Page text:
Last night, on the evening news, I saw a story about Starbucks Coffee. Specifically, they reported that the supply of Pumpkin-Spice syrup is running short. The syrup is used to make a wildly popular coffee drink available at Starbucks only during the autumn months. Sound familiar? Upon hearing the story, I thought to myself, “Pliny the Latte.”
Was there really a shortage of Pumpkin-Spice syrup? We’ll never know. It really doesn’t matter. Starbucks achieved its goal. The news was talking about the shortage, which they claimed was created by overwhelming customer demand for Pliny the Latte.
By now, everyone who likes to drink good beer is familiar with the Pliny phenomenon. No doubt, Pliny the Anything is a damn good beer. I do not want to talk about the merits of the beer; I want to talk about the marketing methodology that I refer to as the Pliny Strategy. I am not suggesting that the nice people at Russian River started this whole thing. All they did was brew a couple of damn good beers. In this particular instance, it is a strategy most likely started by distributors and perpetuated by consumers. Yep. It is our fault.
Sometimes I think we are just stupid human cattle. I am as guilty as anyone. Something is good because someone says it is good. If there is a line, we should be in it. I cannot explain why, but for some reason it makes me think of The Emperor’s New Clothes. The more difficult it is to acquire, the better it must be. It is good simply because it is good.
Like I said, Pliny the Anything is a damn good beer, but it will not stop your hair from falling out. It will not bring your dog back to life, you will not attain spiritual enlightenment by drinking it, and it does not make you any smarter or more sophisticated than anyone else.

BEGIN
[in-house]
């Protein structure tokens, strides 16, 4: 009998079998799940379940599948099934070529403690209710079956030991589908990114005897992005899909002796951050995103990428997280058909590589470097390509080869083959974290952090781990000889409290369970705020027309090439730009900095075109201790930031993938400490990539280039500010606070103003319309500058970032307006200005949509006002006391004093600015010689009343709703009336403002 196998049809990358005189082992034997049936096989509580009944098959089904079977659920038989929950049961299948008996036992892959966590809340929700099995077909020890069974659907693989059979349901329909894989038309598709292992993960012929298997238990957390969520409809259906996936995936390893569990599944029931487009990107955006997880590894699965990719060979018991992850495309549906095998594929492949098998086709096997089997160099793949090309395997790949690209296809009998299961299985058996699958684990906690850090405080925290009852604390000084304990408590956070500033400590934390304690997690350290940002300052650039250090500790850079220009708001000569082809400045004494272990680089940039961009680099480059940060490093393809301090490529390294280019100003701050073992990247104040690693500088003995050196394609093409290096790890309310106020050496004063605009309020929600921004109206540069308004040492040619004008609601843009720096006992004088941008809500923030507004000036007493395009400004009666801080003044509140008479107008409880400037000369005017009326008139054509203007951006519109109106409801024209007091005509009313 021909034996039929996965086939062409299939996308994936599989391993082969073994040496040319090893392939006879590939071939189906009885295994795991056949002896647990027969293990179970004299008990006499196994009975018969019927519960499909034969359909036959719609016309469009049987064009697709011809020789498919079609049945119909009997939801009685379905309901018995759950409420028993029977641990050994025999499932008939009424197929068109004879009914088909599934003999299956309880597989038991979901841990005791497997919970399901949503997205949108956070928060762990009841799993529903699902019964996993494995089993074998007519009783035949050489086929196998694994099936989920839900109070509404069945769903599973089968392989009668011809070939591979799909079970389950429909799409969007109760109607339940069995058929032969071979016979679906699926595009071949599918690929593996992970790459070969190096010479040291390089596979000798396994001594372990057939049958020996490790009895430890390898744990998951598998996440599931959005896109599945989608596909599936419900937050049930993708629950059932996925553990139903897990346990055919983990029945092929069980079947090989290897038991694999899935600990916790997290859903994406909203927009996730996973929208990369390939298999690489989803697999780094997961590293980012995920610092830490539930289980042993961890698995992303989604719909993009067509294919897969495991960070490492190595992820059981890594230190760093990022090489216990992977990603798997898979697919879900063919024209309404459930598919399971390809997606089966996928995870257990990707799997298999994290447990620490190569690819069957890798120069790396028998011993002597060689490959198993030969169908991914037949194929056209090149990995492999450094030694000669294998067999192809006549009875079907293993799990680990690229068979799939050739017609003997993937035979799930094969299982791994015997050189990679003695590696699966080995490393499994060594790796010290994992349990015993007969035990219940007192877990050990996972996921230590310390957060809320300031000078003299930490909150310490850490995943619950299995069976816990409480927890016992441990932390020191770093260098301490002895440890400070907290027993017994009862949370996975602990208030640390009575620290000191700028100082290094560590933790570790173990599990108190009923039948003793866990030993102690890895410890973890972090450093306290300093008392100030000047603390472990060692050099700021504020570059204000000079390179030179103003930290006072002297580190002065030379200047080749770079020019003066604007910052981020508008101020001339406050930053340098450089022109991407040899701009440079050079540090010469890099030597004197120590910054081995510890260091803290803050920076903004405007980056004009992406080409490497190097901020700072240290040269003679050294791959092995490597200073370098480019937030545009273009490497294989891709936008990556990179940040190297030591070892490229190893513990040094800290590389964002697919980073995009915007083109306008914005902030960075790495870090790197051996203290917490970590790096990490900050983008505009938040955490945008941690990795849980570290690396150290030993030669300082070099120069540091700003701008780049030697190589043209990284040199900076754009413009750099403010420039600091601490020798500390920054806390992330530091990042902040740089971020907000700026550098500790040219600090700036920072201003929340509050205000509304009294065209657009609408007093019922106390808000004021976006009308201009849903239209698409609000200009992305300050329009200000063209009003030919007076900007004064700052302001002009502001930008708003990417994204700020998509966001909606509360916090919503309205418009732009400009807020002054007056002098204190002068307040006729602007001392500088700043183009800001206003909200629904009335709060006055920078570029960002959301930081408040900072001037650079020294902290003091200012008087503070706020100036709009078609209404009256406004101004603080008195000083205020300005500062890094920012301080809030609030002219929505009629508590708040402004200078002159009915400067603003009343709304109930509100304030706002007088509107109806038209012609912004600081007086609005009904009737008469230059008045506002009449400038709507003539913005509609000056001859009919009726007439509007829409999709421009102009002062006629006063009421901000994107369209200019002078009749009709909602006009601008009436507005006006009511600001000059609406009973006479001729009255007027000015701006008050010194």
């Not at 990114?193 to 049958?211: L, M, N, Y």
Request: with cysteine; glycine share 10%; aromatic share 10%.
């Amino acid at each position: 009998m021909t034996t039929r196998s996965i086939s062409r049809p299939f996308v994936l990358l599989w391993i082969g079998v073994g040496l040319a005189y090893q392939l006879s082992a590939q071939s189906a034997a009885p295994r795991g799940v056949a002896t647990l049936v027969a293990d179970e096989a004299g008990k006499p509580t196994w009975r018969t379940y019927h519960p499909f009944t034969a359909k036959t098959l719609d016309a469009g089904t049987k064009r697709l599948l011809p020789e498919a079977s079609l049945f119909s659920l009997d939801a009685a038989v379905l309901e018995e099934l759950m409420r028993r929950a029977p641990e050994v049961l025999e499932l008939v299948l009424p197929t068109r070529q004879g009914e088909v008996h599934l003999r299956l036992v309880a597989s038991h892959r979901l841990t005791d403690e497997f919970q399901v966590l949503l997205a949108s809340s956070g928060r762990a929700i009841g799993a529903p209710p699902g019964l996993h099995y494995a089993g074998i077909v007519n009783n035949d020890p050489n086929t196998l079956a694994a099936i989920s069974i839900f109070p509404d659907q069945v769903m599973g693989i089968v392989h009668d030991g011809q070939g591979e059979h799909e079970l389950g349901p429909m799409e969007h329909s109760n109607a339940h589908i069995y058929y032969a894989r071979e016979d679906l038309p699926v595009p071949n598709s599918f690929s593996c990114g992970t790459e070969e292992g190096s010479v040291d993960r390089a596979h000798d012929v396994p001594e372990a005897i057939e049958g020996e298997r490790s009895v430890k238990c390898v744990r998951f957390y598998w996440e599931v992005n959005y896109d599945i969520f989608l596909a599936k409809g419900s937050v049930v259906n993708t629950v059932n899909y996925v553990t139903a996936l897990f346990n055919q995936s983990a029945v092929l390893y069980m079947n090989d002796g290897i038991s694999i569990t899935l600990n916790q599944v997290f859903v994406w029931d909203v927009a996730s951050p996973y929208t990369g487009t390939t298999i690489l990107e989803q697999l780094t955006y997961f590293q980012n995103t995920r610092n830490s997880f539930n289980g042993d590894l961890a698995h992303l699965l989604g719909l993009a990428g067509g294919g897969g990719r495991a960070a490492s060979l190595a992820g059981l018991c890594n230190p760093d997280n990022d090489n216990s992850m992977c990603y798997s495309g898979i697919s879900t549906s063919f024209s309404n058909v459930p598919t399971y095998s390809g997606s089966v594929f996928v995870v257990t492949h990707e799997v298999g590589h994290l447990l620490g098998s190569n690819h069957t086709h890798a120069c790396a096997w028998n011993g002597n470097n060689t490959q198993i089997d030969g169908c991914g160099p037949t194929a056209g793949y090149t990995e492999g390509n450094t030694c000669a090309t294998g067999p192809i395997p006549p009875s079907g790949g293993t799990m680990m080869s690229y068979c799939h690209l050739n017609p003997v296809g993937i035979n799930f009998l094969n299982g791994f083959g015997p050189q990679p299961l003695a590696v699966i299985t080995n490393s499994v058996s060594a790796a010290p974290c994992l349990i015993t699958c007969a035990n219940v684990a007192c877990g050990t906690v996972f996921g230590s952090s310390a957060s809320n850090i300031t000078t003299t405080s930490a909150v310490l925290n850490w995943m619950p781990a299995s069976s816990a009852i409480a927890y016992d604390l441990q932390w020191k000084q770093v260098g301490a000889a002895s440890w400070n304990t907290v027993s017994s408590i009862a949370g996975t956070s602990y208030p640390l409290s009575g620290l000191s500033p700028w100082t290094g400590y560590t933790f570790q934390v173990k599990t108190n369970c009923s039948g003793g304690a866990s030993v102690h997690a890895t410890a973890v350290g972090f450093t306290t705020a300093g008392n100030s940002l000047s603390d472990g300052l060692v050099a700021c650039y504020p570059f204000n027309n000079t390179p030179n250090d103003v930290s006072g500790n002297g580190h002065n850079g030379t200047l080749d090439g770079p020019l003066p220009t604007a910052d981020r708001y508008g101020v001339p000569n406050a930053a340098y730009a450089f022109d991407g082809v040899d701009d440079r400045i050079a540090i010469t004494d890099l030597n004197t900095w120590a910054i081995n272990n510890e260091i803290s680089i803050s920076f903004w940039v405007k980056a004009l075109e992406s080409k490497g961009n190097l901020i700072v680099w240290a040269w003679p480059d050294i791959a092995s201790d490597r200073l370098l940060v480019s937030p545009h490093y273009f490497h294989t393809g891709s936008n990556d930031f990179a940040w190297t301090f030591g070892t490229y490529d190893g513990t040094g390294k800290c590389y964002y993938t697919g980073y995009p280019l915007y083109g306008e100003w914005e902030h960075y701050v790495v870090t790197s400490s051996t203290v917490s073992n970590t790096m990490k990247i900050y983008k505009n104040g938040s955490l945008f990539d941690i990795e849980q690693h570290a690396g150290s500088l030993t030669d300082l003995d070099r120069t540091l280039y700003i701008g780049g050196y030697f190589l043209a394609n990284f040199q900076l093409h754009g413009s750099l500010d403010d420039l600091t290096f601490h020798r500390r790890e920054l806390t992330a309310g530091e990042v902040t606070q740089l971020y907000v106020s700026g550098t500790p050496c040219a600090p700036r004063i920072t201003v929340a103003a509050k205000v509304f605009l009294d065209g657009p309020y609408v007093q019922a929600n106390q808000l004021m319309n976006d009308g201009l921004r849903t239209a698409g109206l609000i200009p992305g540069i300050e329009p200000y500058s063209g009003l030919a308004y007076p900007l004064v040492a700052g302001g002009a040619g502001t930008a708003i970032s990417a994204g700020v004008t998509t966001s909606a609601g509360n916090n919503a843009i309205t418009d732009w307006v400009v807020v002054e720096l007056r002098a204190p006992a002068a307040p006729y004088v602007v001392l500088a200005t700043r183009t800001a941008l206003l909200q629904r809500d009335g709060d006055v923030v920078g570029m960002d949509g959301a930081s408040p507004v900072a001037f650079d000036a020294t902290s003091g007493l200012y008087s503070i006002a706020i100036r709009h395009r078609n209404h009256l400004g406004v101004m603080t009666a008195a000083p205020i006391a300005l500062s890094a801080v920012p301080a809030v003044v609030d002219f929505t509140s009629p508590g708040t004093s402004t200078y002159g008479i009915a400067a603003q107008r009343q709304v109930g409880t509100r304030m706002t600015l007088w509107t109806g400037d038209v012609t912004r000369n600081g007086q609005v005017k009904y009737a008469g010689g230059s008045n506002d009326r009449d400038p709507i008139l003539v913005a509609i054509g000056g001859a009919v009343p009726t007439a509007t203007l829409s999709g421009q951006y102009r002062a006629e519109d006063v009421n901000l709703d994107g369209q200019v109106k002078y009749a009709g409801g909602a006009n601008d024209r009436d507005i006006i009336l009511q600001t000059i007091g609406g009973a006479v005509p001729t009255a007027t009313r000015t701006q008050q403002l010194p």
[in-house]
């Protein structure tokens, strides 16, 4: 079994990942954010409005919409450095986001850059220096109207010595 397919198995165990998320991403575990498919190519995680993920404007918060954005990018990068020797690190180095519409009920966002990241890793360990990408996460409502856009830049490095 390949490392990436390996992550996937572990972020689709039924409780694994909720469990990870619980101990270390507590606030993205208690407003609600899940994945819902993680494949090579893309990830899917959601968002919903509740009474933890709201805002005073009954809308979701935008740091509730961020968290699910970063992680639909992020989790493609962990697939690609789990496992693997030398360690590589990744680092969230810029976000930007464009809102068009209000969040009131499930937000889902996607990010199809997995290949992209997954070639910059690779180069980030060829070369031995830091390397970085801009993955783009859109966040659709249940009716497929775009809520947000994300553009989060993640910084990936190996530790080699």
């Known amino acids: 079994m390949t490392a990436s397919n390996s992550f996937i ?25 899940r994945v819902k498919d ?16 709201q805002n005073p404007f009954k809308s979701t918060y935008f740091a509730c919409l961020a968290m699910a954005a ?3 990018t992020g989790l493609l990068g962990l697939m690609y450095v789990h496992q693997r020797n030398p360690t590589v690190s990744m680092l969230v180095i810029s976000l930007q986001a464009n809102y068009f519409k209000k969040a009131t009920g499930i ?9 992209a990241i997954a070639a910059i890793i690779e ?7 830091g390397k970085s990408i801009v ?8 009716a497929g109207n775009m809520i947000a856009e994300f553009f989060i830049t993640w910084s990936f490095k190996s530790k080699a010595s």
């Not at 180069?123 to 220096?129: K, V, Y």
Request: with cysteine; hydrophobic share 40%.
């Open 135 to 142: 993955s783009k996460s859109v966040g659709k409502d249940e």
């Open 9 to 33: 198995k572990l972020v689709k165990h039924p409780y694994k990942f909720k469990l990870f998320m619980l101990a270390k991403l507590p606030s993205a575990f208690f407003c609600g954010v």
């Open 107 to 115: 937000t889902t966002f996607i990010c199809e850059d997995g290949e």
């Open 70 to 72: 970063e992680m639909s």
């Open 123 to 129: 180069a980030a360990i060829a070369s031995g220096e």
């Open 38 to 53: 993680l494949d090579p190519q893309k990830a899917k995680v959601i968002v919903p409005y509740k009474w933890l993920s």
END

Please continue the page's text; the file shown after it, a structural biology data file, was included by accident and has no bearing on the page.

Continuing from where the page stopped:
I am so sick of people asking me (the presumed smart-guy expert), “So what do you think is the best IPA?”
It is a one-way conversation. They do not care what answer I give. Usually, they aren’t even listening and I could tell them that Elysian Brewing’s Perseus Porter is my favorite IPA, or that I prefer orange juice over beer, and they wouldn’t bat an eyelash. All they want to do is tell me, “I think Pliny the Younger is the best IPA.”
Well, la-dee-fricken-da. Congradu-fricken-lations. They’ve actually had Pliny the Younger. That’s all they really wanted to tell me. And they always have to tell me how long they waited, how far they traveled, and how much they paid to drink it. Drives me crazy.
Another example of the Pliny Strategy. There is a Thai food restaurant in our neighborhood, considered by many to be the best in the city. The more popular it gets, the more popular it gets. It’s a snowball. The food is the same as it was five years ago, but that snowball just keeps rolling. On a Friday night, if you call to place an order you will discover that they are not even bothering to answer the phone: not a busy signal, but a message telling you that they are unavailable.
In addition to the restaurant being packed to the rafters, at any given moment there are as many as 20 people standing around waiting for their orders. Since the restaurant no longer answers the phone, you must place your order in person and then wait. The last I heard, wait-times ranged from 50 – 60 minutes.
You might think they’re crazy, but the crowd waits patiently for their orders of Pliny the Thai Food. Sure, the food is good, but more importantly they can now stand around the water cooler on Monday and tell stories about how long they waited and how good the food was. Somehow, Pliny the Thai food made them better, smarter and more sophisticated than their coworkers.
I am not simply ranting. Well, maybe I am. My point is simple: whether it is by accident or design, this is a brilliant marketing strategy. We are sheep. Just tell us where to go and what to think. Now that I’ve mentioned it to you, I hope you realize when you are buying into the hype. I’m not saying it should stop you from waiting in line for an hour just to drink a five-ounce pour of Pliny the Younger, I’m just saying you should acknowledge the reality of the situation.
Because I don’t want to be stoned to death or banished-forever from the beer community, I must reiterate that I think Pliny the Younger and Pliny the Elder are both damn good beers. It’s the hype that I hate.